The intent of the VESPA U54 is to examine the multi-organ effects of vagal nerve stimulation in humans, producing a first-of-its-kind data set that will be shared rapidly and broadly. These data will contribute to the optimization of VNS treatment by providing a multi-system view of the nerve’s functional connectivity in humans, filling a critical knowledge gap. It is expected that data will be generated from direct stimulation of the cervical vagus nerve from at least 200 participants. To facilitate comparison across sites, each participant must receive cervical vagus nerve stimulation via an implanted device, although physiological effects of non-invasive vagal stimulators and/or thoracic or abdominal vagus nerve stimulation may be assessed concomitantly. Multidisciplinary clinical teams will be expected to agree on a common set of stimulation protocols as well as physiological/clinical measures to be acquired from each participant at defined time points across at least three systems (for example, gastrointestinal and digestive, cardiovascular, pulmonary, endocrine, immune and inflammatory, excretory, sympathetic nervous activity, etc.). Clinical studies might include acute or chronic assessments, pre-implantation baseline measurements, ongoing measurements from existing VNS users, sub-studies requiring new investigational device exemptions (IDEs), or new basic physiological research studies in humans. Clinical expertise of the proposed teams should be consistent with the outcome measures proposed. Multidisciplinary teams will be strongly encouraged to develop proposals maximizing the range of measured physiological outcomes.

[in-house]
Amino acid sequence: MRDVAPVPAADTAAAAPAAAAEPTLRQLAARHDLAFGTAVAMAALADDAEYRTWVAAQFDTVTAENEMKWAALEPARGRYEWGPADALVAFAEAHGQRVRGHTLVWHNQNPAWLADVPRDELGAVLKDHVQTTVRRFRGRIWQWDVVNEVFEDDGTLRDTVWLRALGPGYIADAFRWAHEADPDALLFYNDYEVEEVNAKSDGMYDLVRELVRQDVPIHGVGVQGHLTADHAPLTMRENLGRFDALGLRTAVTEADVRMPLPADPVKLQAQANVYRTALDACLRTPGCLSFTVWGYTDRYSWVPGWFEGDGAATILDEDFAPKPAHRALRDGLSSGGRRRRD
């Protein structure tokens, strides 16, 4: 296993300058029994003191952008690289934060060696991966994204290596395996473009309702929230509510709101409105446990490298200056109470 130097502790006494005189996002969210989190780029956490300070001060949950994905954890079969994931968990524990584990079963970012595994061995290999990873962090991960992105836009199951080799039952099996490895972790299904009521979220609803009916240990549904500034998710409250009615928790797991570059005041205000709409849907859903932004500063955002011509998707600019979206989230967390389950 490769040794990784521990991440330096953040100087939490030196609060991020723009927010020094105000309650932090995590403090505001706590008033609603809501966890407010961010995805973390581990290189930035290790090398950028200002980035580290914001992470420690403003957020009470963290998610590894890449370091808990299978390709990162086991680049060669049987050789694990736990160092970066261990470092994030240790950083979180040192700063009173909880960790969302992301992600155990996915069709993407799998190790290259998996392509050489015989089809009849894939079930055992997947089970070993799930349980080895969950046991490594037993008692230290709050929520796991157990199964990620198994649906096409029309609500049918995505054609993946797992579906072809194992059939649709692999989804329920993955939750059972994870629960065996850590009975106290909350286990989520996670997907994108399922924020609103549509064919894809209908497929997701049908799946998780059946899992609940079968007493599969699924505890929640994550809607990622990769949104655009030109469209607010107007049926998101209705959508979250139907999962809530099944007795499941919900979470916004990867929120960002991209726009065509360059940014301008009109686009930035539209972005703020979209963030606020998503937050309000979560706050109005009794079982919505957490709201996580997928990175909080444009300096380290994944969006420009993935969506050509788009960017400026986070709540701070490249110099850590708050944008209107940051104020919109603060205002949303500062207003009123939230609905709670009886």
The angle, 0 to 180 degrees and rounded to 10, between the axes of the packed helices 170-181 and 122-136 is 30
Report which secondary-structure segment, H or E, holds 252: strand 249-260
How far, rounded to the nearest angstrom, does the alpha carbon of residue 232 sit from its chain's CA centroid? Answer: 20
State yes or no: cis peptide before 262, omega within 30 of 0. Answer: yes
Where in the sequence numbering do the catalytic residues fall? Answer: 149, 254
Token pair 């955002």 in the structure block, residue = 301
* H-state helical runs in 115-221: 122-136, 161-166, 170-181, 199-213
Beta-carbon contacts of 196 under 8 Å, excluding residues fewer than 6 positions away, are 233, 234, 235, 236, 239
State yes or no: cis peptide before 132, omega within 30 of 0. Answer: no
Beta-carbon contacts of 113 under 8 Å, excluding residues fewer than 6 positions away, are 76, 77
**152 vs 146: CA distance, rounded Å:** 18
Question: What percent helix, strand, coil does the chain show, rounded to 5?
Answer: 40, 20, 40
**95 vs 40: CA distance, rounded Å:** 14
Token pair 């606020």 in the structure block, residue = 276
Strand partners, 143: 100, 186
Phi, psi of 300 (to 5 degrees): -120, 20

The NIH will use the U54 mechanism to support multiple functional Cores. The Cores will be expected to seamlessly function together to accomplish the goals of the initiative and the SPARC program as follows:

  • Administration Core (1), which will be the prime awardee and perform all coordinating functions to implement the goals and objectives of the U54 cooperative agreement not explicitly assigned to other cores.
  • Clinical Core (1), which will be responsible for harmonizing a common protocol across sites for collection of consistent multisystem endpoints, securing regulatory approval for the study as needed, and managing ongoing oversight. The Clinical core will also coordinate the recruitment of participants for stimulus parameter adjustment, endpoint measurement, and transmitting data from the clinical sites to the Data Core.